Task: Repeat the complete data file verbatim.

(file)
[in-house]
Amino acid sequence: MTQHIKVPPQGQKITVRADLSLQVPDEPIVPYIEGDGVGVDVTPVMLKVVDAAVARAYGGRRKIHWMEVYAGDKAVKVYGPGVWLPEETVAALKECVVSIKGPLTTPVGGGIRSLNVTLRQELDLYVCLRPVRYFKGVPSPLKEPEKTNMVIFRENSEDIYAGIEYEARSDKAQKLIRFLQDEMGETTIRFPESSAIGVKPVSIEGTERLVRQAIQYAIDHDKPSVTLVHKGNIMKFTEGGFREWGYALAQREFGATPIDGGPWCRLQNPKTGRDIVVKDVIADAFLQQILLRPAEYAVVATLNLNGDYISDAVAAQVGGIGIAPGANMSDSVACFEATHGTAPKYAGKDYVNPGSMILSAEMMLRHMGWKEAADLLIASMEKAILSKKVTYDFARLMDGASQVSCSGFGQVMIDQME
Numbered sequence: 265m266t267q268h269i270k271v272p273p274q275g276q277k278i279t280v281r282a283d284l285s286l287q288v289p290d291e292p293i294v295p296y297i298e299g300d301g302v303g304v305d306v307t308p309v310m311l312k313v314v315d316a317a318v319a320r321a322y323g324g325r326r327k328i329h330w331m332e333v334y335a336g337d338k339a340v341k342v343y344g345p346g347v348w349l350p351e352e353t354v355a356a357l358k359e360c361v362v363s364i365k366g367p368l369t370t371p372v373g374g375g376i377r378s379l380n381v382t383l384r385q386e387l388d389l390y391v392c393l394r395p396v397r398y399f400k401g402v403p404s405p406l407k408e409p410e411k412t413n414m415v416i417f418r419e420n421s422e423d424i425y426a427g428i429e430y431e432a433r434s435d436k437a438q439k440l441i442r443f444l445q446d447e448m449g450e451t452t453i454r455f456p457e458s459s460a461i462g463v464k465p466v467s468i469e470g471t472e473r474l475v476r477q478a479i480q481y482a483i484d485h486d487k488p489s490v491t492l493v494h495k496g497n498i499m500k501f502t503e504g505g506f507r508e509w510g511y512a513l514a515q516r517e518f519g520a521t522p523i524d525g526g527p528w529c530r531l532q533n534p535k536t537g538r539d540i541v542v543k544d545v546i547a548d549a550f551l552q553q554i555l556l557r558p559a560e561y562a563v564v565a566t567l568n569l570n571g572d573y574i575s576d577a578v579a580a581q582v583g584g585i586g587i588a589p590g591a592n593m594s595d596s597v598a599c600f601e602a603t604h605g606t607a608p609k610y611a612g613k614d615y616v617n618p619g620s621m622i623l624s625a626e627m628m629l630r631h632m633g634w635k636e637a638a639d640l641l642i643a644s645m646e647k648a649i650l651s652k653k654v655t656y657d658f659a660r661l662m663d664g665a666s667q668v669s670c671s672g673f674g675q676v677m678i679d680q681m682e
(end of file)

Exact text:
[in-house]
Amino acid sequence: MTQHIKVPPQGQKITVRADLSLQVPDEPIVPYIEGDGVGVDVTPVMLKVVDAAVARAYGGRRKIHWMEVYAGDKAVKVYGPGVWLPEETVAALKECVVSIKGPLTTPVGGGIRSLNVTLRQELDLYVCLRPVRYFKGVPSPLKEPEKTNMVIFRENSEDIYAGIEYEARSDKAQKLIRFLQDEMGETTIRFPESSAIGVKPVSIEGTERLVRQAIQYAIDHDKPSVTLVHKGNIMKFTEGGFREWGYALAQREFGATPIDGGPWCRLQNPKTGRDIVVKDVIADAFLQQILLRPAEYAVVATLNLNGDYISDAVAAQVGGIGIAPGANMSDSVACFEATHGTAPKYAGKDYVNPGSMILSAEMMLRHMGWKEAADLLIASMEKAILSKKVTYDFARLMDGASQVSCSGFGQVMIDQME
Numbered sequence: 265m266t267q268h269i270k271v272p273p274q275g276q277k278i279t280v281r282a283d284l285s286l287q288v289p290d291e292p293i294v295p296y297i298e299g300d301g302v303g304v305d306v307t308p309v310m311l312k313v314v315d316a317a318v319a320r321a322y323g324g325r326r327k328i329h330w331m332e333v334y335a336g337d338k339a340v341k342v343y344g345p346g347v348w349l350p351e352e353t354v355a356a357l358k359e360c361v362v363s364i365k366g367p368l369t370t371p372v373g374g375g376i377r378s379l380n381v382t383l384r385q386e387l388d389l390y391v392c393l394r395p396v397r398y399f400k401g402v403p404s405p406l407k408e409p410e411k412t413n414m415v416i417f418r419e420n421s422e423d424i425y426a427g428i429e430y431e432a433r434s435d436k437a438q439k440l441i442r443f444l445q446d447e448m449g450e451t452t453i454r455f456p457e458s459s460a461i462g463v464k465p466v467s468i469e470g471t472e473r474l475v476r477q478a479i480q481y482a483i484d485h486d487k488p489s490v491t492l493v494h495k496g497n498i499m500k501f502t503e504g505g506f507r508e509w510g511y512a513l514a515q516r517e518f519g520a521t522p523i524d525g526g527p528w529c530r531l532q533n534p535k536t537g538r539d540i541v542v543k544d545v546i547a548d549a550f551l552q553q554i555l556l557r558p559a560e561y562a563v564v565a566t567l568n569l570n571g572d573y574i575s576d577a578v579a580a581q582v583g584g585i586g587i588a589p590g591a592n593m594s595d596s597v598a599c600f601e602a603t604h605g606t607a608p609k610y611a612g613k614d615y616v617n618p619g620s621m622i623l624s625a626e627m628m629l630r631h632m633g634w635k636e637a638a639d640l641l642i643a644s645m646e647k648a649i650l651s652k653k654v655t656y657d658f659a660r661l662m663d664g665a666s667q668v669s670c671s672g673f674g675q676v677m678i679d680q681m682e